So a word of advice for you parents: Put the phones away, or else you’re grounded!


Victoria200TallAbout the Author: Victoria Nguyen is a college student and social media intern at Mom’s Choice Awards®.

 

View all posts by Victoria Nguyen here.

 


Image and study sources:

https://timeopinions.files.wordpress.com/2012/05/a142322603.jpg?w=480&h=320&crop=1

http://www.wholeparent.com/2015/07/07/kids-feel-unimportant-to-cell-phone-addicted-parents.html

http://www.techlicious.com/images/phones/family-on-cellphones-shutterstock-510px.jpg

http://abcnews.go.com/blogs/health/2014/03/10/parents-on-smartphones-ignore-their-kids-study-finds/

4 Comments on “Parents, Put YOUR Phones Down!”

  1. I love this!! Once my LO comes. I will not be in my phone as much as I used to be. I’ll only use it to take pictures or take calls when around my baby. Technology has had such a bad effect on all these young kiddos. I mean shoot, parents will give their young children a phone, or tablet just to get them off their backs! That’s not how parenting should be done.

  2. Technology can be a good thing but it can also be not s good it seems we adults and kids alike are having a problem relating to each other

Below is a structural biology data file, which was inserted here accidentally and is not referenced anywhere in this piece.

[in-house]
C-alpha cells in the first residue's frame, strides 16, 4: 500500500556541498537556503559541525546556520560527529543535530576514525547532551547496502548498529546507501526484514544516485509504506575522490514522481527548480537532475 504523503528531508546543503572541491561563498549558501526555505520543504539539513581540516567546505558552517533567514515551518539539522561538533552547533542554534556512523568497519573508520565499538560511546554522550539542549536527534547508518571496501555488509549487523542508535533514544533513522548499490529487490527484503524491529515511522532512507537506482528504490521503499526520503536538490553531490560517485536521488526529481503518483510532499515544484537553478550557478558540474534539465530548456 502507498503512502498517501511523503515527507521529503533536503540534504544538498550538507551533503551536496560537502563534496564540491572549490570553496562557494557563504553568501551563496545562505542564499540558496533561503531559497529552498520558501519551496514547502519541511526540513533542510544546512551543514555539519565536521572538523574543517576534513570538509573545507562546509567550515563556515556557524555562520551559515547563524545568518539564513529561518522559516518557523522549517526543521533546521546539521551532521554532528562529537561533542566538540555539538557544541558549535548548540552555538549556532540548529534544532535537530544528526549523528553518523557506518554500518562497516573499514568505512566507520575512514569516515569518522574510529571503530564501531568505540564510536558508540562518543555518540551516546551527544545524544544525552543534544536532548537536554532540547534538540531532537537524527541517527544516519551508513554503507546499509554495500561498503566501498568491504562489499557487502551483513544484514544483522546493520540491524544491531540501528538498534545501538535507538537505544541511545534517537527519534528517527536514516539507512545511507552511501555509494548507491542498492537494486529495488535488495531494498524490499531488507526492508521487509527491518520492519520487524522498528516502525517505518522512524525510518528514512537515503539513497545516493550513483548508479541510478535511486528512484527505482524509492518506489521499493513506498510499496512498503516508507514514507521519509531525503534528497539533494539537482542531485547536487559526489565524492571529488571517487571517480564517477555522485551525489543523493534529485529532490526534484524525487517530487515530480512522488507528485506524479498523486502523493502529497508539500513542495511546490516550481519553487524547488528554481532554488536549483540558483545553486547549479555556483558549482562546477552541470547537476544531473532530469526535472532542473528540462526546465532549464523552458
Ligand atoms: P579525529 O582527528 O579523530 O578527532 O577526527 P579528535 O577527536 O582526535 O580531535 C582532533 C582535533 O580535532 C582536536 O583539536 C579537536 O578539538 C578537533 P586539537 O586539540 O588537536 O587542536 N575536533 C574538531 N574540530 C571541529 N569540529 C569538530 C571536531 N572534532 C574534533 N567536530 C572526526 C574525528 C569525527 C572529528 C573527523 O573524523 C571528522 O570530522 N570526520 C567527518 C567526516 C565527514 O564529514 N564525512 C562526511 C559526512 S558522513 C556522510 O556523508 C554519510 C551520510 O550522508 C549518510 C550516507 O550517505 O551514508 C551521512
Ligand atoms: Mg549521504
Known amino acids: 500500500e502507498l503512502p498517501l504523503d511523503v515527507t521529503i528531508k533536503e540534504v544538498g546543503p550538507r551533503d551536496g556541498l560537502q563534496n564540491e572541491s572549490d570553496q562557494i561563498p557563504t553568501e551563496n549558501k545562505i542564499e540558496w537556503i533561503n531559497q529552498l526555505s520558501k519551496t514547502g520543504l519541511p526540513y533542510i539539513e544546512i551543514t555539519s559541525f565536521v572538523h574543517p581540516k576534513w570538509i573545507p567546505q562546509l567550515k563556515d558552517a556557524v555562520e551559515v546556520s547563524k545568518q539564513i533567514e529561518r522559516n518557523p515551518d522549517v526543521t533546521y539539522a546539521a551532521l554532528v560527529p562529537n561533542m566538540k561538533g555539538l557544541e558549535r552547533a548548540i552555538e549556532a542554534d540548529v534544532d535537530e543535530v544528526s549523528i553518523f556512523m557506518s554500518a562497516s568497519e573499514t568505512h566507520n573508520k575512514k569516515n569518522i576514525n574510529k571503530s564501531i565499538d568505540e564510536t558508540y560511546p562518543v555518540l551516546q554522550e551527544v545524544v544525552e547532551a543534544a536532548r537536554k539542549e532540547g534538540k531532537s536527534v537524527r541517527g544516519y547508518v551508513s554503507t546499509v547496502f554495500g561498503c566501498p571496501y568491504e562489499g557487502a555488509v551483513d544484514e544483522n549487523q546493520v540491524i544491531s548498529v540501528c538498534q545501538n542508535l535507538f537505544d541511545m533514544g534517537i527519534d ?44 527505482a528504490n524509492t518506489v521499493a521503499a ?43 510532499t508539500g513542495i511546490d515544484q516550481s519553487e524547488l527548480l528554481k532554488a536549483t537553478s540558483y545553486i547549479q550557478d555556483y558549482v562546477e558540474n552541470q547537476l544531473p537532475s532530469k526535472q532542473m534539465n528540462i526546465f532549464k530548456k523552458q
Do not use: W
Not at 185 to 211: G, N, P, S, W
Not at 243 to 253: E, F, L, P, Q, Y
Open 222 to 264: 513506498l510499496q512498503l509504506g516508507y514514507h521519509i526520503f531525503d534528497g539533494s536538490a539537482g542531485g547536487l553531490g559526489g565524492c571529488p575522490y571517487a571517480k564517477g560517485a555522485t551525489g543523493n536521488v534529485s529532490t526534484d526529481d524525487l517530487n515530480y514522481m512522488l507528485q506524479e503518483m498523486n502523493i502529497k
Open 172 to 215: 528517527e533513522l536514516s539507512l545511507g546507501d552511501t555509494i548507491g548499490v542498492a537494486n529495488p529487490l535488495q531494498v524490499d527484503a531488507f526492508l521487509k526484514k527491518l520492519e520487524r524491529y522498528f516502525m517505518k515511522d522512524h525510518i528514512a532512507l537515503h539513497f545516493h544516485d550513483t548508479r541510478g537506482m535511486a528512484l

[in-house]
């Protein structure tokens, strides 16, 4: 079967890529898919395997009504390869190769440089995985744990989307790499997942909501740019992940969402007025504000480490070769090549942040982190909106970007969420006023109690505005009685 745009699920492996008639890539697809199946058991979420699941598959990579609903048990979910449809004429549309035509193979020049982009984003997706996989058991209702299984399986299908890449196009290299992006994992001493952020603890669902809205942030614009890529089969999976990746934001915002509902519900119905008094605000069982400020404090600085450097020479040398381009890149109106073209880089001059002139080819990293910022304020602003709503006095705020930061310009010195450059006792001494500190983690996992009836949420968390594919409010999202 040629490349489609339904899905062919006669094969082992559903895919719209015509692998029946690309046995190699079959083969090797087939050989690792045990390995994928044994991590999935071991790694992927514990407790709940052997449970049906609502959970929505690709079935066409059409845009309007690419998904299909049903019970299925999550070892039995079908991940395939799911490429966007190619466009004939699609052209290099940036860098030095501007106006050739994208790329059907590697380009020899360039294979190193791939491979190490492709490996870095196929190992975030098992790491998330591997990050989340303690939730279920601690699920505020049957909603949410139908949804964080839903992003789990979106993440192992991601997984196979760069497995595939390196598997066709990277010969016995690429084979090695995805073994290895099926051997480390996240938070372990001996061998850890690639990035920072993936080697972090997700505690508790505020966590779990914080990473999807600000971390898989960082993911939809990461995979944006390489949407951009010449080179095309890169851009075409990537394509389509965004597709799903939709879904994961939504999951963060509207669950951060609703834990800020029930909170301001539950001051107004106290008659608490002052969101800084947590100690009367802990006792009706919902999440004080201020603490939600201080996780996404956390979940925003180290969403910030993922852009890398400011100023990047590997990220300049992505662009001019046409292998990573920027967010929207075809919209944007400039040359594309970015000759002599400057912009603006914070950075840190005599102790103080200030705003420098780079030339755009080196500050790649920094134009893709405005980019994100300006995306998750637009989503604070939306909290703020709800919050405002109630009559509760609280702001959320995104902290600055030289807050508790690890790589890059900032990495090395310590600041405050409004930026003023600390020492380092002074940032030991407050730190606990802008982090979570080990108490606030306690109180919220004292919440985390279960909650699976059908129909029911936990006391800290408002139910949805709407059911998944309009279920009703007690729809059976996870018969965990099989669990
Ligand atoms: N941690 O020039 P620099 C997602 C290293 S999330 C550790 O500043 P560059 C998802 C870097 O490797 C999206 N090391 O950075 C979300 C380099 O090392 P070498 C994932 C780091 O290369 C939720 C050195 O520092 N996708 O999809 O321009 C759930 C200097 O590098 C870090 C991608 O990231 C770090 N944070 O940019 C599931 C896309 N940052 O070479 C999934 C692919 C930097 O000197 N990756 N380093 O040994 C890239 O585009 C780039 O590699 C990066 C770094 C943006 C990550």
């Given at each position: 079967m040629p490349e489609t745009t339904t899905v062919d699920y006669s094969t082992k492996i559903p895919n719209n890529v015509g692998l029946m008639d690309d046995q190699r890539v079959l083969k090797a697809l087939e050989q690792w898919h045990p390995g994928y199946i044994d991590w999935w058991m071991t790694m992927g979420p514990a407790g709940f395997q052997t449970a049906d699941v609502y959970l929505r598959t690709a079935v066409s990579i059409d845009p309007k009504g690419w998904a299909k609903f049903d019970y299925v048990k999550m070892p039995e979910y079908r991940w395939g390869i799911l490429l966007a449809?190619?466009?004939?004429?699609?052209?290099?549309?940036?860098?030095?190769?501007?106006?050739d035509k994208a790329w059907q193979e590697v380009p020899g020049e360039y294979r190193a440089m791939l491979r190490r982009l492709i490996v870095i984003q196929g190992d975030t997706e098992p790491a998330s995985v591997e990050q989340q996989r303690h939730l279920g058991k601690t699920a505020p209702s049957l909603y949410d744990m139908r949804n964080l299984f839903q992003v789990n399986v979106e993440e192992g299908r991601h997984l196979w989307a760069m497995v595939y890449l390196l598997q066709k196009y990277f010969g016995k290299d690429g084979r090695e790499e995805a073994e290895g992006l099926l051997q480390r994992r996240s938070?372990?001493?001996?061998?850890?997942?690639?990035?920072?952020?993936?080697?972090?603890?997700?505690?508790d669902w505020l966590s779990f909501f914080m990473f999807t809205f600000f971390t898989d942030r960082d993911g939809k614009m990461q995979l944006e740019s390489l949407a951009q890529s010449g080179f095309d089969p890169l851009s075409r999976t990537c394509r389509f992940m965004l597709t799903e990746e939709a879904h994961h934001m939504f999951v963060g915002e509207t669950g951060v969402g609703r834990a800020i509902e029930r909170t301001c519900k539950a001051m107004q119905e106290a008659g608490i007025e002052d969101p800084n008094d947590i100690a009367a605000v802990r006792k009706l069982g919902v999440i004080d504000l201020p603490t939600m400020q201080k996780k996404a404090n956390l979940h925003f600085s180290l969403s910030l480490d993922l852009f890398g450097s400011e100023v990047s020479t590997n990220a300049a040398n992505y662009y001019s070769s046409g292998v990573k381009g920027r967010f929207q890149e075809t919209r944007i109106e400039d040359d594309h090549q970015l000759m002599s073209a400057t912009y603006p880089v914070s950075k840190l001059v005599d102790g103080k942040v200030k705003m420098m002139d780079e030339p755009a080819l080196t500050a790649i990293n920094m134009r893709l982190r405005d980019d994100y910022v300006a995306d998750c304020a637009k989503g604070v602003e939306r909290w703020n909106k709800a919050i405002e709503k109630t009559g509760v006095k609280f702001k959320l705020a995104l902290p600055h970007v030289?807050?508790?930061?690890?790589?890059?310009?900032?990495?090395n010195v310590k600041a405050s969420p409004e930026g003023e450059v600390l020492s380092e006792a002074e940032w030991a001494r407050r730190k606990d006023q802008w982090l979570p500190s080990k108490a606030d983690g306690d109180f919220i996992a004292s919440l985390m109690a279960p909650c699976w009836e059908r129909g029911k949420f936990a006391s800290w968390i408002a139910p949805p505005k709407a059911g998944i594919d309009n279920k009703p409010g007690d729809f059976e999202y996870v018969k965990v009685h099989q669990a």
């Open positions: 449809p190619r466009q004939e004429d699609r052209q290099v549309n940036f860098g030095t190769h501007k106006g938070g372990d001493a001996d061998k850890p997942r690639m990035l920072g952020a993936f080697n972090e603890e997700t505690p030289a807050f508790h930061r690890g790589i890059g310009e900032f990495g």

3. Love it! I can tell you that the effect is already a negative one on young children. I have taught school for 29 years. Today’s children do not know how to relate socially to others; neither peer not adult, attention spans are very short due to screen interaction at early ages, and immediate needs are expected to be met IMMEDIATELY or the child does not know how to cope. I teach 5 year old children. If the effect is this great already at this age, why would we ever expect anything different as they grow?
    From the day the cell phone hit the scene, not only did my own children, but also guests, were asked to put away phones at the table unless on call for something. Respect was met with a smile and always a happy meal together where we heard what each other was saying! You are on the right track Victoria. Keep it going!

    1. Thank you so much for reading Mrs. Wallen!!! I appreciate the feedback as well! Call me a little old-fashioned, but it’s a crying shame to see what smart-phones are doing to society nowadays. Thank you for continuing to teach children the right things! ~ Victoria